Oakland, California (CNN) -- A former police officer convicted of involuntary manslaughter for killing an unarmed man in Oakland, California, apologized to the public and described his memories of the moments after the shooting in a handwritten letter obtained by CNN.
In the letter, Johannes Mehserle said he was "truly sorry" for killing Oscar Grant.
"For now, and forever, I will live, breathe, sleep, and not sleep with the memory of Mr. Grant screaming 'you shot me' and me putting my hands on the bullet wound thinking the pressure would help while I kept telling him 'you'll be okay,'" Mehserle says in the letter. "I tried to tell myself that maybe this shot would not be so serious, but I recall how sick I felt when Mr. Grant stopped talking, closed his eyes and seemed to change his breathing."
Mehserle's letter was dated July 4, four days before a jury found him guilty of involuntary manslaughter for shooting 22-year-old Grant on an Oakland train platform on January 1, 2009.
Mehserle, who was on duty as a Bay Area Rapid Transit police officer at the time of the incident, said at the trial that he intended to draw and fire his Taser rather than his gun, CNN affiliate KTVU reported.
"I have and will continue to live everyday of my life knowing that Mr. Grant should not have been shot," his letter said. "No words can express how truly sorry I am."
The involuntary manslaughter conviction usually carries a maximum four-year sentence, but some in Oakland expected a tougher penalty for the former police officer, and took to the streets in protest Thursday.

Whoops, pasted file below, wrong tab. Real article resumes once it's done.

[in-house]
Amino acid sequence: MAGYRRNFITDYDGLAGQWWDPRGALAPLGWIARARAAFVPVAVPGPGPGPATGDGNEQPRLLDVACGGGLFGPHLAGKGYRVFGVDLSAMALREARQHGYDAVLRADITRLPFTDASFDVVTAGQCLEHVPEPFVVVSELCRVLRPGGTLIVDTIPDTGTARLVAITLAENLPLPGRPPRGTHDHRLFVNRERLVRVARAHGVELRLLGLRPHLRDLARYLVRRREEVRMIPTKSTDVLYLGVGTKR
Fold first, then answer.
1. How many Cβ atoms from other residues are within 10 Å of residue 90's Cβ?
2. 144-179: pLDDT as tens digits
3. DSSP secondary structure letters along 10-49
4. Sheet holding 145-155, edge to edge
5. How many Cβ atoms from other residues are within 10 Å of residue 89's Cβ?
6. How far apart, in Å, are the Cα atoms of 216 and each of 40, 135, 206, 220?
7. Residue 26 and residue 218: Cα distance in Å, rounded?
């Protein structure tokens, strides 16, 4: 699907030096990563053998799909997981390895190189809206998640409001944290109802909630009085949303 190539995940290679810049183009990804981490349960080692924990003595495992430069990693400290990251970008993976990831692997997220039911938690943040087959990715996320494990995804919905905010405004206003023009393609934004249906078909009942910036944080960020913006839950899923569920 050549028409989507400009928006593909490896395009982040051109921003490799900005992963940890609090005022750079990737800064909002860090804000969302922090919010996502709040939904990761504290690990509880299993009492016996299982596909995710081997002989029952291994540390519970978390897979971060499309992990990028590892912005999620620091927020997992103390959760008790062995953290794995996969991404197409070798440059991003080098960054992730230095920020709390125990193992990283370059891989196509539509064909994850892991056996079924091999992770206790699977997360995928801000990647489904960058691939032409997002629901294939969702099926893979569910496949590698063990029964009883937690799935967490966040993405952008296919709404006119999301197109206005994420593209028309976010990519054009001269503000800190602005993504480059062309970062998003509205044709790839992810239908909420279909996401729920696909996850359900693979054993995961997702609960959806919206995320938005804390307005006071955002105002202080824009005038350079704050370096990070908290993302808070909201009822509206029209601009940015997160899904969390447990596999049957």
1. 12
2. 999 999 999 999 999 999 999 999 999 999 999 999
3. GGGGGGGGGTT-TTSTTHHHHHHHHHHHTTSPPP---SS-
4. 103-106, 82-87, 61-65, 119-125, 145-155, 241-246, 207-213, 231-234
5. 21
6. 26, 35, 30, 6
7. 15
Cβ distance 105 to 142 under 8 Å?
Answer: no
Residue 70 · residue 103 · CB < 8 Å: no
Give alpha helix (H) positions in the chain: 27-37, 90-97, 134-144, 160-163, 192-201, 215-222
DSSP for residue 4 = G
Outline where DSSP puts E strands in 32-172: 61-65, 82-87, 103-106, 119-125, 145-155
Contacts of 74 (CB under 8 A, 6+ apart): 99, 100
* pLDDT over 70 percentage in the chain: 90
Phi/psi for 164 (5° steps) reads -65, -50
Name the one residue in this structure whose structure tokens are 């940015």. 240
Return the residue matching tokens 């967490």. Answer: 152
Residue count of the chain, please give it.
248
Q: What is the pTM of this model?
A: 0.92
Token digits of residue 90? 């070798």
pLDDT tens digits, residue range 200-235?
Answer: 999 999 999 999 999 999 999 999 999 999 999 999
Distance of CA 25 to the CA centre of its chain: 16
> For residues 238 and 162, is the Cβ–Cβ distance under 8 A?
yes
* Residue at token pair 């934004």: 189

Crowds broke the glass of a Foot Locker and other stores. Others threw sneakers out of the store as police wearing gas masks stormed the area.
Outside the courtroom, Grant family members expressed outrage at the verdict.
"My son was murdered. He was murdered. He was murdered. My son was murdered," said Grant's mother, Wanda Johnson. "The system has let us down, but God will never ever let us down."
Johnson and other speakers said African-Americans have been the victims of police abuse and a biased judicial system. She said Mehserle wasn't found accountable.
"We couldn't get even six hours of deliberations," said Johnson, who accused jurors of being unfair.
Oakland police said there were 78 arrests during Thursday night's protests on charges including failure to disperse, resisting arrest, burglary, vandalism and assaulting a police officer.
Mehserle's trial was moved from Alameda County to Los Angeles because of pre-trial publicity.
Members of the jury, which included no African-Americans, said they were unanimous in their decision. Their finding indicates that Mehserle was criminally negligent.
The shooting was captured on a bystander's cell-phone video camera. The video, which showed Mehserle pulling his gun and fatally shooting Grant in the back as another officer knelt on the unarmed man, was widely circulated on the Internet and on news broadcasts, and it spurred several protests in and around Oakland.
Mehserle resigned his position a few days after the incident and was later arrested in Nevada.
His sentencing is set for August 6. Involuntary manslaughter carries a maximum sentence of up to four years in prison under California law. But the judge could add an "enhancement" that could provide a longer sentence because a firearm was used.